Climate activists targeted Johannes Vermeer’s masterpiece “Girl with a Pearl Earring” with glue and liquid on Thursday but one of the world’s most iconic paintings was not damaged in the latest of such publicity-seeking stunts.
A video posted on Twitter showed one man pouring a can of red substance over another protester who appeared to attempt to glue his head to the glass-protected painting. The second man stuck his hand to the panel holding the centuries-old painting.
“The condition of the painting has been investigated by our conservators. Fortunately, the glazed masterpiece was not damaged,” the museum said.
One of the men, wearing a T-shirt emblazoned with the words “Just Stop Oil,” shouted “How do you feel when you see something beautiful and priceless being apparently destroyed before your eyes? Do you feel outrage? Good. That is the feeling when you see the planet being destroyed before our very eyes.”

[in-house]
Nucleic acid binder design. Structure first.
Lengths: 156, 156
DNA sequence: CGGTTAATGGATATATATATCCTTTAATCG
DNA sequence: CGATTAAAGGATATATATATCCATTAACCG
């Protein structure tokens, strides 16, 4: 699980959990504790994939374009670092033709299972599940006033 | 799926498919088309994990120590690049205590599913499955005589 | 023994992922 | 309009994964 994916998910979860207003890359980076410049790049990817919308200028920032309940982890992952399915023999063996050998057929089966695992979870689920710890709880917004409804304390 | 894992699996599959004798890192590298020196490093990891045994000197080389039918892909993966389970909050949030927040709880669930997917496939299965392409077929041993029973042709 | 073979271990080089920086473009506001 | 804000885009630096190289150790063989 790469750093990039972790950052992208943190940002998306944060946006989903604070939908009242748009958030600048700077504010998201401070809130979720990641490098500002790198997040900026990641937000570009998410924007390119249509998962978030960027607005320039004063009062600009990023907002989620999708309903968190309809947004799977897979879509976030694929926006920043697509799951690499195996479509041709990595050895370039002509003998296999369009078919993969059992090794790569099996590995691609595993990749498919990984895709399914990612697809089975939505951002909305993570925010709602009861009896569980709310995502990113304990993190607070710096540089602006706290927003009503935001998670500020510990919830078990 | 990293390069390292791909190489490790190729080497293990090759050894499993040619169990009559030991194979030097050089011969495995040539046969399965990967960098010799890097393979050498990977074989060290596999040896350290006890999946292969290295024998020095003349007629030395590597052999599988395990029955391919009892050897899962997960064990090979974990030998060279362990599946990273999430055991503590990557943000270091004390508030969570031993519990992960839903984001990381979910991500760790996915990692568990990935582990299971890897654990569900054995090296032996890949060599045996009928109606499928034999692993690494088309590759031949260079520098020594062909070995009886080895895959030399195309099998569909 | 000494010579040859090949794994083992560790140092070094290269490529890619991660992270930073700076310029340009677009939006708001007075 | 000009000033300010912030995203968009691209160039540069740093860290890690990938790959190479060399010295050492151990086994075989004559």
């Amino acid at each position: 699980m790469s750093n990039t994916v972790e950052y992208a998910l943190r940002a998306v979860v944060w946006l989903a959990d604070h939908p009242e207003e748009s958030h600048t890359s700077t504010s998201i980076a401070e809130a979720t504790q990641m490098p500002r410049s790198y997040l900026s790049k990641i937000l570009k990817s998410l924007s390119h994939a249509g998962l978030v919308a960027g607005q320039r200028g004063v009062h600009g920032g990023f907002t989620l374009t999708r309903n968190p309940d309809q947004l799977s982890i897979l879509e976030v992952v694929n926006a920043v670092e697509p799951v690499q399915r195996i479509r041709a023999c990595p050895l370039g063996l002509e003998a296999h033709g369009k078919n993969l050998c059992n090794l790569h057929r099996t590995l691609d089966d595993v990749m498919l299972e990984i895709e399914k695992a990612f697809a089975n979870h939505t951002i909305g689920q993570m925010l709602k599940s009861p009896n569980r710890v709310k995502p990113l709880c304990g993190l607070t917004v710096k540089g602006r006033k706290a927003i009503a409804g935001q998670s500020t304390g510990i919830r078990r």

He went on to say that the painting is protected by glass as one visitor to the museum shouts: “Shame on you!” Other visitors also showed their disapproval.
Police in The Hague said they had arrested three people for “public violence against property.”
“Art is defenseless, and the Mauritshuis firmly rejects attempts to damage it for any purpose whatsoever,” the museum said.
The museum said the “Girl with a Pearl Earring” would return for viewing “as soon as possible.”
This the latest masterpiece to be the focus of climate protests.
In September, members of a German environmental group threw mashed potatoes at a Claude Monet painting.
“If it takes a painting pelted to remind society that the fossil course is killing us all, Then we give you Kartoffelbrei on a painting!” activists from Letzte Generation (Last Generation) said on Twitter with the video of the vandalism.
In London, other protesters threw soup over Vincent van Gogh’s “Sunflowers” in the National Gallery.
In both of those instances, the paintings were not damaged.
The Associated Press contributed to this post.